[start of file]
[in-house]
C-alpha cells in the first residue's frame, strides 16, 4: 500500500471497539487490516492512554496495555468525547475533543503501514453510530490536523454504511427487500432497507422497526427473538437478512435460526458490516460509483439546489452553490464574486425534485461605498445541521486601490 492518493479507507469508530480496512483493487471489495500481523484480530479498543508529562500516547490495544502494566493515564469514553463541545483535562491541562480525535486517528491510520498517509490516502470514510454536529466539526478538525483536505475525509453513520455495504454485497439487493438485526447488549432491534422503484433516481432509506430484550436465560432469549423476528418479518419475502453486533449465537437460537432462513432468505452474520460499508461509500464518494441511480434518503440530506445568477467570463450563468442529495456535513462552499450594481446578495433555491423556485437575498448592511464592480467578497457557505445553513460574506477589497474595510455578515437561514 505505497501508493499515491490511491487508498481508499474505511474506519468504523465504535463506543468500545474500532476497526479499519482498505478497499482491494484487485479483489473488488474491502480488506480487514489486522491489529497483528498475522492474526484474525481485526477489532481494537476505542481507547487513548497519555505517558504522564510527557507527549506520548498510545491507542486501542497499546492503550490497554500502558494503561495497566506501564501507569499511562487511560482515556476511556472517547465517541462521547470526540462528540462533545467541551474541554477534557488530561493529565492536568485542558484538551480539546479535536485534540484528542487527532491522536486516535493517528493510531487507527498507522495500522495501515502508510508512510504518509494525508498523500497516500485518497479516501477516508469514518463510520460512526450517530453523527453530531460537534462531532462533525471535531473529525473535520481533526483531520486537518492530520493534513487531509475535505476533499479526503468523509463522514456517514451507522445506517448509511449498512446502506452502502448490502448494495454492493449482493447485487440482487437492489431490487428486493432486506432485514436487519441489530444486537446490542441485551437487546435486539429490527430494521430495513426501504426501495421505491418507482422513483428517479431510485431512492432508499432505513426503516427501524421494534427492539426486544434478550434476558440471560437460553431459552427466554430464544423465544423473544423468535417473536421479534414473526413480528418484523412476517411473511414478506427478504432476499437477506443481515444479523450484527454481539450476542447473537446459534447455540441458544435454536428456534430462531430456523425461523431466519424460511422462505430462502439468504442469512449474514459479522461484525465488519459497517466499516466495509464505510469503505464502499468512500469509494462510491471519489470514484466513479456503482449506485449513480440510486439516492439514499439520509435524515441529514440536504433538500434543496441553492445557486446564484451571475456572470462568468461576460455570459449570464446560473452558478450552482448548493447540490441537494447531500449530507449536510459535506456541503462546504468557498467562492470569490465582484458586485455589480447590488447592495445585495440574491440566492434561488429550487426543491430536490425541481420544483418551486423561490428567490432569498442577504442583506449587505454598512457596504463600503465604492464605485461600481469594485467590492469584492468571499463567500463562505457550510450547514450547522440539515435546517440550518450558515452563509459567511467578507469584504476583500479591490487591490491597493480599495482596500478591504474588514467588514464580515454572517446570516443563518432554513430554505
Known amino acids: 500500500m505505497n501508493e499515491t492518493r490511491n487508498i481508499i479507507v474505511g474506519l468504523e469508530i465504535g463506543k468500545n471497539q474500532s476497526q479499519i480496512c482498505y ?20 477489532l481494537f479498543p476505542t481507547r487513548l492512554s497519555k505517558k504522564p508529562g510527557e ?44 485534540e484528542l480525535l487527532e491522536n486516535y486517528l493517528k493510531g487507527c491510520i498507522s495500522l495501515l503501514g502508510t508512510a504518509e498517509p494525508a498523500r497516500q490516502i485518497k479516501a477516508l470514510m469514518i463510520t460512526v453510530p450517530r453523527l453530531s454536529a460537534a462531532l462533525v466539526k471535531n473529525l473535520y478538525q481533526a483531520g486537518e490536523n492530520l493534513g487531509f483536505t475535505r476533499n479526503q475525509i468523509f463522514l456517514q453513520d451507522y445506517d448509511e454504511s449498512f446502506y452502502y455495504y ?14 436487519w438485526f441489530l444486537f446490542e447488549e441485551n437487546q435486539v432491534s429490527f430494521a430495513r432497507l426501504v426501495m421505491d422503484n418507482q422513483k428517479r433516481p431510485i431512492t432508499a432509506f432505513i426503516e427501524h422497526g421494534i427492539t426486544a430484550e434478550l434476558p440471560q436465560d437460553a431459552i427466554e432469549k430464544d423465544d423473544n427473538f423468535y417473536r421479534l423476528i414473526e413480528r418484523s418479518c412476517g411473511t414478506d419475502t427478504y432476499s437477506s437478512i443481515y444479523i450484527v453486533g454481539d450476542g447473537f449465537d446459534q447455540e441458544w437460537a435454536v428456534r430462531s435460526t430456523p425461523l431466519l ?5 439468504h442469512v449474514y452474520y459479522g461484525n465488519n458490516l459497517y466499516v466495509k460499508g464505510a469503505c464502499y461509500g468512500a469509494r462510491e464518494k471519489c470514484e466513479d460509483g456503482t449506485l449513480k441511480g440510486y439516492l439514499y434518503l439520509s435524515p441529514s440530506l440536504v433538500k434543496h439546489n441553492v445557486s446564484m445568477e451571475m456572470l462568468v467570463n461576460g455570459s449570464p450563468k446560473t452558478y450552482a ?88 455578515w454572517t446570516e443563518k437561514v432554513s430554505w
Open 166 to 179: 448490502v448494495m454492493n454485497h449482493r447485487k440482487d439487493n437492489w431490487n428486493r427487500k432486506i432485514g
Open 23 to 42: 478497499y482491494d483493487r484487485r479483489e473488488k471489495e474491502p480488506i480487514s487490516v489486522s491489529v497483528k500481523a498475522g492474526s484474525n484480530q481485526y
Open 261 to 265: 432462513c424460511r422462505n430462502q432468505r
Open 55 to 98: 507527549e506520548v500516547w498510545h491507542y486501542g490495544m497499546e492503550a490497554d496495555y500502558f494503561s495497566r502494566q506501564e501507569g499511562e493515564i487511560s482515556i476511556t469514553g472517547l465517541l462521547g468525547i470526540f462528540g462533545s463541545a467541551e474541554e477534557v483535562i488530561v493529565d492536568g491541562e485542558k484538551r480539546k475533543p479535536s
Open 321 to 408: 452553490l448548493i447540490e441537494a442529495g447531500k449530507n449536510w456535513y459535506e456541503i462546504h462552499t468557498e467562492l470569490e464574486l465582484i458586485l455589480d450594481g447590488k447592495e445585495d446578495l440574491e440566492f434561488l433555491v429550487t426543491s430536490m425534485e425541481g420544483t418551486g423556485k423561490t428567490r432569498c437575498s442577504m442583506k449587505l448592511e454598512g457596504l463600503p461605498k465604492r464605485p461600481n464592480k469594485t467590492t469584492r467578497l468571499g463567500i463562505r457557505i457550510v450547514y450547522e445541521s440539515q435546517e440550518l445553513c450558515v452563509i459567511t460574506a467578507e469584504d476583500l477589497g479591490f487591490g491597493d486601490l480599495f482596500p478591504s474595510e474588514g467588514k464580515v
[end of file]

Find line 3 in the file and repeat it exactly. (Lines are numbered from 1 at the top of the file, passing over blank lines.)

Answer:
Known amino acids: 500500500m505505497n501508493e499515491t492518493r490511491n487508498i481508499i479507507v474505511g474506519l468504523e469508530i465504535g463506543k468500545n471497539q474500532s476497526q479499519i480496512c482498505y ?20 477489532l481494537f479498543p476505542t481507547r487513548l492512554s497519555k505517558k504522564p508529562g510527557e ?44 485534540e484528542l480525535l487527532e491522536n486516535y486517528l493517528k493510531g487507527c491510520i498507522s495500522l495501515l503501514g502508510t508512510a504518509e498517509p494525508a498523500r497516500q490516502i485518497k479516501a477516508l470514510m469514518i463510520t460512526v453510530p450517530r453523527l453530531s454536529a460537534a462531532l462533525v466539526k471535531n473529525l473535520y478538525q481533526a483531520g486537518e490536523n492530520l493534513g487531509f483536505t475535505r476533499n479526503q475525509i468523509f463522514l456517514q453513520d451507522y445506517d448509511e454504511s449498512f446502506y452502502y455495504y ?14 436487519w438485526f441489530l444486537f446490542e447488549e441485551n437487546q435486539v432491534s429490527f430494521a430495513r432497507l426501504v426501495m421505491d422503484n418507482q422513483k428517479r433516481p431510485i431512492t432508499a432509506f432505513i426503516e427501524h422497526g421494534i427492539t426486544a430484550e434478550l434476558p440471560q436465560d437460553a431459552i427466554e432469549k430464544d423465544d423473544n427473538f423468535y417473536r421479534l423476528i414473526e413480528r418484523s418479518c412476517g411473511t414478506d419475502t427478504y432476499s437477506s437478512i443481515y444479523i450484527v453486533g454481539d450476542g447473537f449465537d446459534q447455540e441458544w437460537a435454536v428456534r430462531s435460526t430456523p425461523l431466519l ?5 439468504h442469512v449474514y452474520y459479522g461484525n465488519n458490516l459497517y466499516v466495509k460499508g464505510a469503505c464502499y461509500g468512500a469509494r462510491e464518494k471519489c470514484e466513479d460509483g456503482t449506485l449513480k441511480g440510486y439516492l439514499y434518503l439520509s435524515p441529514s440530506l440536504v433538500k434543496h439546489n441553492v445557486s446564484m445568477e451571475m456572470l462568468v467570463n461576460g455570459s449570464p450563468k446560473t452558478y450552482a ?88 455578515w454572517t446570516e443563518k437561514v432554513s430554505w